Coalitions in Action—North Coastal Prevention Coalition Spreads the Word that “Smoking is not Coping”

“The North Coastal Prevention Coalition (NCPC) has been around since 1993 and works to reduce the harm of alcohol, tobacco, marijuana and other drugs in the cities of Carlsbad, Oceanside, and Vista through community action, education, support and collaboration.  NCPC has really been trying to include and focus on marijuana prevention efforts since 2002,” said Program Manager, Erica Leary. “California was the first state to approve medical marijuana in 1996, so it’s always been an issue for us, especially with getting prevention messaging to youth.  We started a 4/20 Remix event in 2005, when one of our alternative high schools had an on-campus drug treatment program and they noticed that their students would relapse on April 20, so we started partnering with them on an alternative activity to showcase healthy choices on that day. Our events started at school sites originally for a few years and in 2008 we partnered with our local family center, Boomers.  The PSA component was added in 2013. That year, 4/20 fell on a Saturday so we wanted to figure out a supplementary option to an in-person event, since we knew attendance on a weekend would be low.  We worked with county representatives to spread the word about the PSA contest, so we engaged sectors from the Carlsbad, Oceanside and Vista communities. It received a lot of positive recognition in the community and local media so we’ve been doing some version of the PSA contest ever since.”

“With COVID-19 being so prominent in all of our lives, there was a focus this year on mental health and the increase of vaping so the PSA campaign was structured around the theme ‘Smoking is not Coping’. “

“Ever since I started working with the coalition – it’s almost been 3 years now - we have faced challenges with billboards and advertisements by marijuana companies, and with marijuana shops being considered an essential business during COVID, I think it has given kids the wrong impression on how marijuana treats depression and anxiety,” said Media Specialist Riane Fletcher.  “In fact, recent studies have shown that marijuana use actually makes depression and anxiety worse. This is another reason why we made this year’s campaign focus around “Smoking is not Coping” so that it helps our youth understand the risks associated with marijuana use.”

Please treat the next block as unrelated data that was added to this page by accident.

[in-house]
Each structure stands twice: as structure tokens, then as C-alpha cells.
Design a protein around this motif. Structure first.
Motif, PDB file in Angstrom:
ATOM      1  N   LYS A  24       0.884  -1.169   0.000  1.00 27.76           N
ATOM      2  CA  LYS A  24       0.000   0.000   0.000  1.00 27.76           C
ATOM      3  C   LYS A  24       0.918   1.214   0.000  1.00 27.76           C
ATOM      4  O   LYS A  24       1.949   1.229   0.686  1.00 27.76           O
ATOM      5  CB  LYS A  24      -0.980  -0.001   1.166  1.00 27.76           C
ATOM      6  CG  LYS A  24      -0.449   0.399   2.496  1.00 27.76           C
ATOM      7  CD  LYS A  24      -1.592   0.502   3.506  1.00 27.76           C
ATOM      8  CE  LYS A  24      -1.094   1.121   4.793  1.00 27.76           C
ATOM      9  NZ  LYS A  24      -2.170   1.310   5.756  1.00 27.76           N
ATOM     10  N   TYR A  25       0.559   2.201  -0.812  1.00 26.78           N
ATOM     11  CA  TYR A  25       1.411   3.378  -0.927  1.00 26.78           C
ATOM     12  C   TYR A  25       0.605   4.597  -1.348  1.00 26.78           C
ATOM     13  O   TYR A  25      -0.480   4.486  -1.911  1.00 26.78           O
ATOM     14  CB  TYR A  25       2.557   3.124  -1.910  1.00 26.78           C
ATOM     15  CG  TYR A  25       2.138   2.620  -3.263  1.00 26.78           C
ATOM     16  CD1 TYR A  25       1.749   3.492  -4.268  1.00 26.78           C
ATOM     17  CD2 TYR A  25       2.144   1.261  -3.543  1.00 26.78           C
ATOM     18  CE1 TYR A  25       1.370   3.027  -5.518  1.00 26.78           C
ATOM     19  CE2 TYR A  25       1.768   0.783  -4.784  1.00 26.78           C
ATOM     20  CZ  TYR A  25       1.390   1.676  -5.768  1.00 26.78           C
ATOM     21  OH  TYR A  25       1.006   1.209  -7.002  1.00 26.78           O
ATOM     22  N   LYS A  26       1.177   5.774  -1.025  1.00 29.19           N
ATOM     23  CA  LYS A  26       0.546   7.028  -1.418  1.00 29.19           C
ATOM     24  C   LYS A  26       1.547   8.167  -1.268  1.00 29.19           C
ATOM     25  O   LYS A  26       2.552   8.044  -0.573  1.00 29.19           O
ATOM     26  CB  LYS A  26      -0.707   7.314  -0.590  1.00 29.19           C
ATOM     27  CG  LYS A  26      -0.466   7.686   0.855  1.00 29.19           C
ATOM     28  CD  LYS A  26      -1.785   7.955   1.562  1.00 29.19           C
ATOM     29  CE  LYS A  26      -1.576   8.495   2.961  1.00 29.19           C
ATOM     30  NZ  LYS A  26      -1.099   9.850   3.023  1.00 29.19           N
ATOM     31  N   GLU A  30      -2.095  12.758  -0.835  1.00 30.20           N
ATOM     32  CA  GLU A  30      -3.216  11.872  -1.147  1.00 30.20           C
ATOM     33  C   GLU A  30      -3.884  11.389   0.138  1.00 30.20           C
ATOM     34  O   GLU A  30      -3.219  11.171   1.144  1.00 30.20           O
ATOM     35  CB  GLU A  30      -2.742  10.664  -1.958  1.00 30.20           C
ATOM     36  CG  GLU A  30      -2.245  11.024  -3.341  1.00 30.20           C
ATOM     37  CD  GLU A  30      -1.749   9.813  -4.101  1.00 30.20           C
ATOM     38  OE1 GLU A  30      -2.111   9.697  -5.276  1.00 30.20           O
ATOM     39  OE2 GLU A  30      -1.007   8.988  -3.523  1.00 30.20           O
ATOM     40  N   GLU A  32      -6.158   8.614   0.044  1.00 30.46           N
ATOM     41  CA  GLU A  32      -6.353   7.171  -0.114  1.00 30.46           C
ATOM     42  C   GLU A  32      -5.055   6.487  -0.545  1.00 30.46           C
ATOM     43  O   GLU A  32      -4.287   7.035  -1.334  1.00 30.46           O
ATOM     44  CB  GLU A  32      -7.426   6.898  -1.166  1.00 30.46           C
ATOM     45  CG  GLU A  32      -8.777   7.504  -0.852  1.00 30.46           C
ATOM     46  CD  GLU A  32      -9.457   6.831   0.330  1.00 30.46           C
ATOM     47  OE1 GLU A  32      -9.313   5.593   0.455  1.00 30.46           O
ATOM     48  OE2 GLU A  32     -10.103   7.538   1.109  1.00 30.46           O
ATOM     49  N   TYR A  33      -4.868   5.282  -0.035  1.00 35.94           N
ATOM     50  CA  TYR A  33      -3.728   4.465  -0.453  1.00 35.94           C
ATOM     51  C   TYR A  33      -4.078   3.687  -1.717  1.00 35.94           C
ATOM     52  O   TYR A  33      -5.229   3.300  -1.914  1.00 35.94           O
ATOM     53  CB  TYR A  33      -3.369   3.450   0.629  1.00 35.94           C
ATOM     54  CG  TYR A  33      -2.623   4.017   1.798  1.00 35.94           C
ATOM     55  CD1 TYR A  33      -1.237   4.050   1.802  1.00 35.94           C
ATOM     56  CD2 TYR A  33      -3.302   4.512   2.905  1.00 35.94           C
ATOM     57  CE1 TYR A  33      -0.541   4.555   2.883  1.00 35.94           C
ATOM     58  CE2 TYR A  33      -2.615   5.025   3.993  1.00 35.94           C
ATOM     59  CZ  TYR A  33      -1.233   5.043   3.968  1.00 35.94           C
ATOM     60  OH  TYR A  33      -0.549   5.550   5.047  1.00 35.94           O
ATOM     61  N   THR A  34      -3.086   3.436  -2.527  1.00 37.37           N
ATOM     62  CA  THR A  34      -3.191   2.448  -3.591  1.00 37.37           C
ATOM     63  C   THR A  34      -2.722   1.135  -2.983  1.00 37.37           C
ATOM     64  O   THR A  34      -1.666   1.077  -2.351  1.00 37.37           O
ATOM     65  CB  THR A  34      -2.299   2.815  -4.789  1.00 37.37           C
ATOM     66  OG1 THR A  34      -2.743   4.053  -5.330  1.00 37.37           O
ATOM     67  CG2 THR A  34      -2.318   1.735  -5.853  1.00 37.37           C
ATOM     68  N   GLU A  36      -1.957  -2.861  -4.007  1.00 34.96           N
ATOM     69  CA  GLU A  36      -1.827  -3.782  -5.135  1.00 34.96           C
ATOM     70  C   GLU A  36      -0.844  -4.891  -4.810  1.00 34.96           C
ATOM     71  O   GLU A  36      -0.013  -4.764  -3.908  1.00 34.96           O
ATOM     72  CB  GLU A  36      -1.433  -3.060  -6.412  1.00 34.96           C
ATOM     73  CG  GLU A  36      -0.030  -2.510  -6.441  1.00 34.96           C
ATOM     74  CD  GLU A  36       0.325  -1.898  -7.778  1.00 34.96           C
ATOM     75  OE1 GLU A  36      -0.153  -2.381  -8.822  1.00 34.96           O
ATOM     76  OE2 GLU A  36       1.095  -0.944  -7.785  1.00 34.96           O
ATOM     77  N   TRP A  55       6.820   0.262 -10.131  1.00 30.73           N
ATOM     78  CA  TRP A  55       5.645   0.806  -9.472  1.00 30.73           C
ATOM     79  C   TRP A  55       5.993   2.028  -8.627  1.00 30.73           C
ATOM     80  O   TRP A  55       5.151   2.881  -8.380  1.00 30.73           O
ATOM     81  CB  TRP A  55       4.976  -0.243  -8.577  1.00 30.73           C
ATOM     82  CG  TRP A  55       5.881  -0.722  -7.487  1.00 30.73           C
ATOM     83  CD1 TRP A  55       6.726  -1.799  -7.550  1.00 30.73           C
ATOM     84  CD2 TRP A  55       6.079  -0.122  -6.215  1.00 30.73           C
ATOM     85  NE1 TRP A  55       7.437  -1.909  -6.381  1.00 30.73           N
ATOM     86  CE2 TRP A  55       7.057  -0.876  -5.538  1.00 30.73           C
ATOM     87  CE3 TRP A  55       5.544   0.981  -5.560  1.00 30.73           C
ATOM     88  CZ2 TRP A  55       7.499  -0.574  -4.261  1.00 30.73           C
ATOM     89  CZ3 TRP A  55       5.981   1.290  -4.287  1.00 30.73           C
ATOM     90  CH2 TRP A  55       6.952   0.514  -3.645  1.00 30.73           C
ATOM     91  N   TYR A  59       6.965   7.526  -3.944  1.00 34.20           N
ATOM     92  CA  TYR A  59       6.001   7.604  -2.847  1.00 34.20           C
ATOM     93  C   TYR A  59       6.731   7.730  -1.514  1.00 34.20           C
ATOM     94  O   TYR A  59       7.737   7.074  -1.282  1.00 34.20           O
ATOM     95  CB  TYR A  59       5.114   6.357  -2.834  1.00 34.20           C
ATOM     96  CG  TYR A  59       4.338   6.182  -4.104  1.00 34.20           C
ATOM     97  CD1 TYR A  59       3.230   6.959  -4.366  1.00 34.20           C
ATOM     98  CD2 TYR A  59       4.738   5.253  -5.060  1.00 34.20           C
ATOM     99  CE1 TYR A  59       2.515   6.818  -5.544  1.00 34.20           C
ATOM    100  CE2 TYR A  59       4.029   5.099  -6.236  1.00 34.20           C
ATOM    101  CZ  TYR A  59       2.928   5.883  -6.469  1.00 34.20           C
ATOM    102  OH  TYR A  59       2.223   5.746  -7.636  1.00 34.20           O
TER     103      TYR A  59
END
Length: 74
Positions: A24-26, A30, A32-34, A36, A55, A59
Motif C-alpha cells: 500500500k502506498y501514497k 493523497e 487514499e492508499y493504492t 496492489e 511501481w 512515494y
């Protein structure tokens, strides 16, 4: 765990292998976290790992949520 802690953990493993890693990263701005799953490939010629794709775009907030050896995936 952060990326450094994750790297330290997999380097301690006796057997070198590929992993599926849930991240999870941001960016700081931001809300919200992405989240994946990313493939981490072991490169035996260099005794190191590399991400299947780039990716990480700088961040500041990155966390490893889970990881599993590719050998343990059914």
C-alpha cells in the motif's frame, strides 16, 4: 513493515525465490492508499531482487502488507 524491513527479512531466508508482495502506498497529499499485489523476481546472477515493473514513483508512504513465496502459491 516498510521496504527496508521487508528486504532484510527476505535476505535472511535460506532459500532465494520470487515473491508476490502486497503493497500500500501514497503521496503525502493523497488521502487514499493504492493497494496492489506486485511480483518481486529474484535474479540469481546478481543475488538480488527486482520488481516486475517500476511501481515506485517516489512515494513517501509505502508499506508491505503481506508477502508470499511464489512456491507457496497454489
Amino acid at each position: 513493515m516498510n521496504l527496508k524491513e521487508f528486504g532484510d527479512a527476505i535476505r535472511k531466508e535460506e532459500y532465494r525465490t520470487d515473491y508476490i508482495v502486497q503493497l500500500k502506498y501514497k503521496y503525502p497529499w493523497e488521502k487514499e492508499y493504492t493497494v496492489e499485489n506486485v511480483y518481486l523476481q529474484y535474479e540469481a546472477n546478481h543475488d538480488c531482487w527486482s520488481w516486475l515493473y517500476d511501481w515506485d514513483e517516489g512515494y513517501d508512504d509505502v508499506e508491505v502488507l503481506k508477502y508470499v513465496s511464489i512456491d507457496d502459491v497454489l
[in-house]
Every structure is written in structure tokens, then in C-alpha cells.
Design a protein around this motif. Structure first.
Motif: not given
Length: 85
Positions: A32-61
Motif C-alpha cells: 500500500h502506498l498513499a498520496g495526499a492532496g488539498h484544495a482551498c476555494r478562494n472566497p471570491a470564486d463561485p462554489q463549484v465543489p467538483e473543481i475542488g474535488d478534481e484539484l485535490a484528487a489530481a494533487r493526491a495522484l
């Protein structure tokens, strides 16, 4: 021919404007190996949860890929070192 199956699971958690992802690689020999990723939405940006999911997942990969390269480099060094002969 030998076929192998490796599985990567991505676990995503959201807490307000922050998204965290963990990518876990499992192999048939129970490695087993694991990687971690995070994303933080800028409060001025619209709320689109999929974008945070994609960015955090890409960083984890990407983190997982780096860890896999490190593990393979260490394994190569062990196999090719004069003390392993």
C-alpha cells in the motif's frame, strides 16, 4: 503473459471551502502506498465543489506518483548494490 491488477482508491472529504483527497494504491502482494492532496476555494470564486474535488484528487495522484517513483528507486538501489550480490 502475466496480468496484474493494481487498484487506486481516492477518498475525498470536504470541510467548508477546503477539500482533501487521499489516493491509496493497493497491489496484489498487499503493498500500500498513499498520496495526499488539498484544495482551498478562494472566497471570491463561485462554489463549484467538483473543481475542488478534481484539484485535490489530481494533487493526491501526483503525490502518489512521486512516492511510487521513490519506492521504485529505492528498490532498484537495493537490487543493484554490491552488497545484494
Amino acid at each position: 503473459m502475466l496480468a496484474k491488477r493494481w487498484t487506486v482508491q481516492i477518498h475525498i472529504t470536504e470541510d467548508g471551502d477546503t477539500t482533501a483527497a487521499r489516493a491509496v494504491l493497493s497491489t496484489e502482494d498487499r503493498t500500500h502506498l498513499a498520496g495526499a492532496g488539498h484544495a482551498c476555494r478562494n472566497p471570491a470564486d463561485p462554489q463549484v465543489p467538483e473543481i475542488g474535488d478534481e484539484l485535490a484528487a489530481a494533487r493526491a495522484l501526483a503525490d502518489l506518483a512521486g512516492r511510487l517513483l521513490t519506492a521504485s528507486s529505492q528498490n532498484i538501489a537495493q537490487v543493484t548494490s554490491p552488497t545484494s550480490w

“The winners all provided a comment on what inspired and lead them to create these videos, so that was really impactful as well,” said Leary.  “Being in prevention now for over 25 years, this really confirmed to me that our youth know what’s going on.  The youth connect marijuana use among their peers to memories of those friends early on in their lives and how many of the things they were interested in doing were no longer part of their thoughts due to marijuana use. Our PSA campaign also includes youth who have tried marijuana in the past and who can speak about it from a first-person perspective on how their lives and mental health were negatively impacted.  This offers a great perspective about the risks of marijuana use among youth.”

“Winners receive cash prizes from our coalition,” said Fletcher.  “If we were not living in a socially-distanced world now due to COVID, we would present them with their prizes in front of school representatives and other members of the community. In addition, the San Diego District Attorney’s office co-sponsored this year’s campaign, and they mailed out certificates to the winners, which is a great thing for the youth to include on their college applications and resumes.  In addition, we also partnered with San Marcos Prevention Coalition, to help spread awareness about the campaign.”

“For those coalitions that are looking to initiate a similar campaign in their community, I would recommend starting early with getting the community sectors and members involved.  We have champions for the cause as well. We have a teacher who incorporated this campaign into her classroom curriculum, which really helped us get more entries.  Engage school districts, teachers and youth-serving organizations, like the Boys and Girls Club, to raise awareness and participation on your youth-focused campaigns.”

“If coalitions want to consider doing something similar to this campaign, I think it is good to route people towards what your intended goal is.  We implemented trainings with our youth to teach them what a PSA is, how to make an impactful one and what file formats to use.  We work with middle-school and high-school students, so its good to give everyone a level playing ground when entering a contest like this.”

“We have also done a better job of putting parameters around the contest,” said Leary. “Initially, it started off as being pretty broad, but over the years we learned what worked and what didn’t, and also what our youth were skilled at, in terms of creativity, so that helped us sculpt the framework of the contest to where it is today.  We also encouraged our youth to create short videos, as most people’s attention span these days are shorter when watching something.”

“Given that marijuana is becoming a bigger problem with youth in our country, I don’t see us stopping this effort. This campaign has been a good avenue to able to reach people we otherwise would not have been able to reach. Even if they do not become long-term coalitions members, campaigns like this are a good way to expose new audiences to prevention and the work our coalition does.”